In childhood, Mendelssohn had written thirteen string symphonies between the ages of twelve and fourteen. In what must pass for maturity, starting at the age of fifteen, he wrote five more symphonies for full orchestra. Symphony No. 3 in A minor, Opus 56
, was the second in conception and the last in order of completion. Its first inspiration came from a visit to Scotland in 1829. In April Mendelssohn had arrived in London, after an unpleasant voyage from Hamburg. Two months later in a letter to his teacher, Zelter, he mentioned his plans for the summer: After the end of London season, he projected a journey to Scotland, a country that figured largely in romantic imagination thanks to the work of Sir Walter Scott. Accompanied by his friend, Karl Klingemann, he travelled North. In Edinburgh, he recalled the story of Mary, Queen of Scots, and the murder of her secretary, David Rizzio, in the palace of Holyrood, and in the ruined chapel first entertained the idea of a Scottish symphony. Further north he could comment on the climate, remarking that the Highlands brew nothing but whisky, fog and foul weather, while the voyage by steamer to see the island of Staffa and what he described as the odious Fingal's cave, made him sea-sick. In spite of this he immediately sketched the opening theme of the Hebrides Overture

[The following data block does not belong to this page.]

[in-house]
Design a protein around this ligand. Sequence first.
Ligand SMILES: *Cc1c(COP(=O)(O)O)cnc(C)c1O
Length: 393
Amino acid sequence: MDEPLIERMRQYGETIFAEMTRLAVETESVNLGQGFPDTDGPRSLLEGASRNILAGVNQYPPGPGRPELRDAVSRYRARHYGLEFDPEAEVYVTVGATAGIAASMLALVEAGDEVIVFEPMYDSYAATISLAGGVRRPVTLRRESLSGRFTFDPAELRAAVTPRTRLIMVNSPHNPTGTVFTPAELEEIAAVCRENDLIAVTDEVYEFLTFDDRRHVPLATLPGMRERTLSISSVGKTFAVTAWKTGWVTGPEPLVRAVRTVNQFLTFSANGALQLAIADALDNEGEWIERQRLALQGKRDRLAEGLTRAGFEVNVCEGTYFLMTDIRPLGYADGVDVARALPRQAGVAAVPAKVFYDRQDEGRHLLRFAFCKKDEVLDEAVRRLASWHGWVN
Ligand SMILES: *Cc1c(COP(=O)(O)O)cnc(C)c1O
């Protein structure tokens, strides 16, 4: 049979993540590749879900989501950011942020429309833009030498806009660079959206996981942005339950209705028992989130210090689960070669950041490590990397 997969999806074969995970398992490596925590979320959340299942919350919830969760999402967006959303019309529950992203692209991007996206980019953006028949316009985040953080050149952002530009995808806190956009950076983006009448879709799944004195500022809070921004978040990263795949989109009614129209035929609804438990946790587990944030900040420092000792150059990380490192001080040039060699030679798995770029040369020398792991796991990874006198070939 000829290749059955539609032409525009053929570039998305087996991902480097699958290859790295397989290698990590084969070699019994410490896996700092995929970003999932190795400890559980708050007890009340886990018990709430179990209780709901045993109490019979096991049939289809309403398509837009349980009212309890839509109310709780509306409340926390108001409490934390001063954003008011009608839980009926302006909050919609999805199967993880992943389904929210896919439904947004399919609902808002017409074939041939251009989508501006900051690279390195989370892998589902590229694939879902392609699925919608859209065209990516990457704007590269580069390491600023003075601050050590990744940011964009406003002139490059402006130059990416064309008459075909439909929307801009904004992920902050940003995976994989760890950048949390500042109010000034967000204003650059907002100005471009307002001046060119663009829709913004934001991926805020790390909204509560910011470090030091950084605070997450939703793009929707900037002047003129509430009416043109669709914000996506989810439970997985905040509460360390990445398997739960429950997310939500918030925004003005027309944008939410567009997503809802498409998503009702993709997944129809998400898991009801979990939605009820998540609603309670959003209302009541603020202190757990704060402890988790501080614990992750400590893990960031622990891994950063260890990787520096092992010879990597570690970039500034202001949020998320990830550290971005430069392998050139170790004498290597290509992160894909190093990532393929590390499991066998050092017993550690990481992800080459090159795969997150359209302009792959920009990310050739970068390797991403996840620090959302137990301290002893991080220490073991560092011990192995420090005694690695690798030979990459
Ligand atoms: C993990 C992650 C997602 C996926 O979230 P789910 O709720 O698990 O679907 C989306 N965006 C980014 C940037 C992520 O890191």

, which was later revised to be performed in 1832 in London, where it won immediate popularity.
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